On the eve of the midterm elections with Pennsylvania’s Senate race viewed as a dead heat, Democratic candidate John Fetterman declared “I run on Roe v. Wade. I celebrate the demise of Roe v. Wade.” It was obviously a jarring moment for his pro-choice crowd particularly after calling for the codification of Roe. It was an all-too-familiar moment for the candidate who suffered a serious stroke that has impaired his communication and processing skills. However, as we previously discussed, many on the left have swatted back questions concerning Fetterman’s fitness as “ableism.” Now, the Washington Post has run a long column from University of Delaware Professor Jaipreet Virdi declaring that it is not just embracing ableism but eugenics to question Fetterman’s fitness.
Professor Virdi is an associate professor at the University of Delaware who describes herself as “Deaf & forever a radical.” She is a prominent and influential voice against discrimination against the deaf.
There were parts of her column that I thought raised valuable and probative insights, including Virdi’s observation that “disabled people are the ‘original life hackers,’ people who adapt to their circumstances and find their way through the disabled world, by creating new objects and paths that allow them full participation.” She is also right that we need to reevaluate how our expectations might be barriers to those with disabilities. However, she engages in her own sweeping generalizations of those who raise these concerns and tells them that they must “jettison eugenics-influenced ideas about disability.”
Virdi frames her analysis by insisting that Fetterman is just given to “verbal stumbles and pauses.” The problem is that we do not know if there is more serious cognitive damage. Fetterman has refused to release his medical records despite requests from the media, including newspapers that support him.
Moreover, Fetterman had this stroke before the primary vote but he and his staff kept the serious impact of the stroke a secret. After he received the nomination, they then largely prevented the media or voters from questioning him and sharply limited his public appearances. They would only agree to one debate and insisted that it occur relatively late in the election after hundreds of thousands voted.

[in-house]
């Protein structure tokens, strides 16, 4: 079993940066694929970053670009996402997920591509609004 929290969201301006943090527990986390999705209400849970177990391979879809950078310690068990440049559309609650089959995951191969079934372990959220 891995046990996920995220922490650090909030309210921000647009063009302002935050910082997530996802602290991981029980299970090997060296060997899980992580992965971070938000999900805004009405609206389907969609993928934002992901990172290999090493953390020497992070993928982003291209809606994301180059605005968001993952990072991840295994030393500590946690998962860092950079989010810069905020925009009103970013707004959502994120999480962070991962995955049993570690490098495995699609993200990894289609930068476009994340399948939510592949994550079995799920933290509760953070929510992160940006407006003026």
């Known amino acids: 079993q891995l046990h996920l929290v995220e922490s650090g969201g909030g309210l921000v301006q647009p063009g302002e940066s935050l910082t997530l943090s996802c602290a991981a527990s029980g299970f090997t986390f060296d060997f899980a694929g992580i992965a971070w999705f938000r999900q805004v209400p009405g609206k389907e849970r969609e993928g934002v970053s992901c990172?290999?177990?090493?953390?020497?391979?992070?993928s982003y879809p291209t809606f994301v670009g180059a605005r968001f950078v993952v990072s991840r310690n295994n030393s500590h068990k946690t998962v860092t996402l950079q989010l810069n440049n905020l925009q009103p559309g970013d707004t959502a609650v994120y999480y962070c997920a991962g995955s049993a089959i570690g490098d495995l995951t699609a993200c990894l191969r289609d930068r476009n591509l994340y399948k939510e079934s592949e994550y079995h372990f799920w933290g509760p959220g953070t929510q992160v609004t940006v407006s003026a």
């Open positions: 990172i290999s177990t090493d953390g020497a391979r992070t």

In other words, we still do not know the extent to which Fetterman can process information and communicate. His sole debate was widely viewed as alarming.
However, it is the escalation of the rhetoric that is most notable about the Washington Post column. Professor Virdi explains that the doubts raised over Fetterman are reflective of our history with eugenics and view that certain groups are “socially deficient.”
“As far as eugenicists were concerned, science said that “moral” flaws were hereditary and threatened the health of the nation. This meant that the solution to social problems such as crime, promiscuity and poverty aimed at the institutionalization and sterilization of the “morally degenerate”. As [Sir Francis ] Galton envisioned, human improvement was only possible through consistent, scientific intervention brought about by eugenics: ‘What nature does blindly, slowly, and recklessly, man can do proactively, swiftly, and kindly.’”
Professor Virdi ties such doubts over the fitness of disabled people to past efforts of sterilization and the view that “controlling human reproduction through better breeding was a must.” She warns the such “at its core, eugenics simply applied a scientific gloss to existing racial, class, and gender prejudices. Immigrants, people with disabilities, and racial and ethnic minorities were among those identified as socially ‘disabled.'”
As I wrote in the earlier column, there is no reason why a senator cannot be fully effective despite a disability, including the use of such devices as readers. The problem in Pennsylvania is that the Fetterman campaign has actively prevented efforts to determine if there are more serious cognitive difficulties for Fetterman in processing information.
In the end, the Fetterman strategy worked in sheltering the candidate from further questioning or debates. The best way to dispel such questions would have been greater interaction with the candidate to show that this was limited, as Professor Virdi suggests, to mere “verbal stumbles and pauses.” As it stands, voters will largely vote without such information and any doubts are the result of the concerted effort to leave these questions answered.